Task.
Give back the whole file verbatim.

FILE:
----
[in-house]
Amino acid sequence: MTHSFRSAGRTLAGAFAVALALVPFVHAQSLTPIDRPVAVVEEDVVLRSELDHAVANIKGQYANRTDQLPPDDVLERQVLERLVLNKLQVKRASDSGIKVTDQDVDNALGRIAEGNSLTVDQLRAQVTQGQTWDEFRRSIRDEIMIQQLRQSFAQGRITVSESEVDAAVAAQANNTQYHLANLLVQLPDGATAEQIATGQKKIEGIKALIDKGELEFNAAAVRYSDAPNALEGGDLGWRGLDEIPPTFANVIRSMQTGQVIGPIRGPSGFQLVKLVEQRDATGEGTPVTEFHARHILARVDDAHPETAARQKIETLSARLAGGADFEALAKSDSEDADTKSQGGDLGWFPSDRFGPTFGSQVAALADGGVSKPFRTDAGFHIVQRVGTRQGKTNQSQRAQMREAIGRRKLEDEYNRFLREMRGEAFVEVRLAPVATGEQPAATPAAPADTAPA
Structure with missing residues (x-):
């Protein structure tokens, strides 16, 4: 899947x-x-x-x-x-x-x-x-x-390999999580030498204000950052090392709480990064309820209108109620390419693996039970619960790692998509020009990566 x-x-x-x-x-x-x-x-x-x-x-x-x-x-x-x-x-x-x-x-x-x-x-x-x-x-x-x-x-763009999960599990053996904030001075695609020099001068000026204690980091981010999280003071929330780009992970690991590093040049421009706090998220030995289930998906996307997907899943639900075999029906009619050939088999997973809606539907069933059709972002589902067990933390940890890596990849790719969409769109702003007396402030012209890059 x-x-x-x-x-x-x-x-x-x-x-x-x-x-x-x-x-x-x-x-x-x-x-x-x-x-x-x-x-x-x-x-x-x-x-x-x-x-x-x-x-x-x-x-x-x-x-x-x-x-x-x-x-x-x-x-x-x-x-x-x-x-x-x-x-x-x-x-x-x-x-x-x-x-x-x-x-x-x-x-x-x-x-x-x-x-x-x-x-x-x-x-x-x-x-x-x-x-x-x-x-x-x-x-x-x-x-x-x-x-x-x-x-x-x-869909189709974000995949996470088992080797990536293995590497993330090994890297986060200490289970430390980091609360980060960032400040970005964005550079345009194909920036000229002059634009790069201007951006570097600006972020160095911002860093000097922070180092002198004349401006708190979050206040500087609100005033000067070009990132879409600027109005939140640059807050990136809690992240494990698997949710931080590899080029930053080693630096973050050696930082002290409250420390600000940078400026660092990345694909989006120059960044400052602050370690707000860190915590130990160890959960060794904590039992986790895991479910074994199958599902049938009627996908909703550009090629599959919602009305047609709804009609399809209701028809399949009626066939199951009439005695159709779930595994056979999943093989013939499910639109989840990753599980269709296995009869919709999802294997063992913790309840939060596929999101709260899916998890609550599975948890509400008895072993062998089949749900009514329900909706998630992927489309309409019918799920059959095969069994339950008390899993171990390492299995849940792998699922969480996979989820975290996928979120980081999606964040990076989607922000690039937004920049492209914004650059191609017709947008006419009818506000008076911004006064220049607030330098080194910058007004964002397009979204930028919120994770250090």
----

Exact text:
[in-house]
Amino acid sequence: MTHSFRSAGRTLAGAFAVALALVPFVHAQSLTPIDRPVAVVEEDVVLRSELDHAVANIKGQYANRTDQLPPDDVLERQVLERLVLNKLQVKRASDSGIKVTDQDVDNALGRIAEGNSLTVDQLRAQVTQGQTWDEFRRSIRDEIMIQQLRQSFAQGRITVSESEVDAAVAAQANNTQYHLANLLVQLPDGATAEQIATGQKKIEGIKALIDKGELEFNAAAVRYSDAPNALEGGDLGWRGLDEIPPTFANVIRSMQTGQVIGPIRGPSGFQLVKLVEQRDATGEGTPVTEFHARHILARVDDAHPETAARQKIETLSARLAGGADFEALAKSDSEDADTKSQGGDLGWFPSDRFGPTFGSQVAALADGGVSKPFRTDAGFHIVQRVGTRQGKTNQSQRAQMREAIGRRKLEDEYNRFLREMRGEAFVEVRLAPVATGEQPAATPAAPADTAPA
Structure with missing residues (x-):
């Protein structure tokens, strides 16, 4: 899947x-x-x-x-x-x-x-x-x-390999999580030498204000950052090392709480990064309820209108109620390419693996039970619960790692998509020009990566 x-x-x-x-x-x-x-x-x-x-x-x-x-x-x-x-x-x-x-x-x-x-x-x-x-x-x-x-x-763009999960599990053996904030001075695609020099001068000026204690980091981010999280003071929330780009992970690991590093040049421009706090998220030995289930998906996307997907899943639900075999029906009619050939088999997973809606539907069933059709972002589902067990933390940890890596990849790719969409769109702003007396402030012209890059 x-x-x-x-x-x-x-x-x-x-x-x-x-x-x-x-x-x-x-x-x-x-x-x-x-x-x-x-x-x-x-x-x-x-x-x-x-x-x-x-x-x-x-x-x-x-x-x-x-x-x-x-x-x-x-x-x-x-x-x-x-x-x-x-x-x-x-x-x-x-x-x-x-x-x-x-x-x-x-x-x-x-x-x-x-x-x-x-x-x-x-x-x-x-x-x-x-x-x-x-x-x-x-x-x-x-x-x-x-x-x-x-x-x-x-869909189709974000995949996470088992080797990536293995590497993330090994890297986060200490289970430390980091609360980060960032400040970005964005550079345009194909920036000229002059634009790069201007951006570097600006972020160095911002860093000097922070180092002198004349401006708190979050206040500087609100005033000067070009990132879409600027109005939140640059807050990136809690992240494990698997949710931080590899080029930053080693630096973050050696930082002290409250420390600000940078400026660092990345694909989006120059960044400052602050370690707000860190915590130990160890959960060794904590039992986790895991479910074994199958599902049938009627996908909703550009090629599959919602009305047609709804009609399809209701028809399949009626066939199951009439005695159709779930595994056979999943093989013939499910639109989840990753599980269709296995009869919709999802294997063992913790309840939060596929999101709260899916998890609550599975948890509400008895072993062998089949749900009514329900909706998630992927489309309409019918799920059959095969069994339950008390899993171990390492299995849940792998699922969480996979989820975290996928979120980081999606964040990076989607922000690039937004920049492209914004650059191609017709947008006419009818506000008076911004006064220049607030330098080194910058007004964002397009979204930028919120994770250090």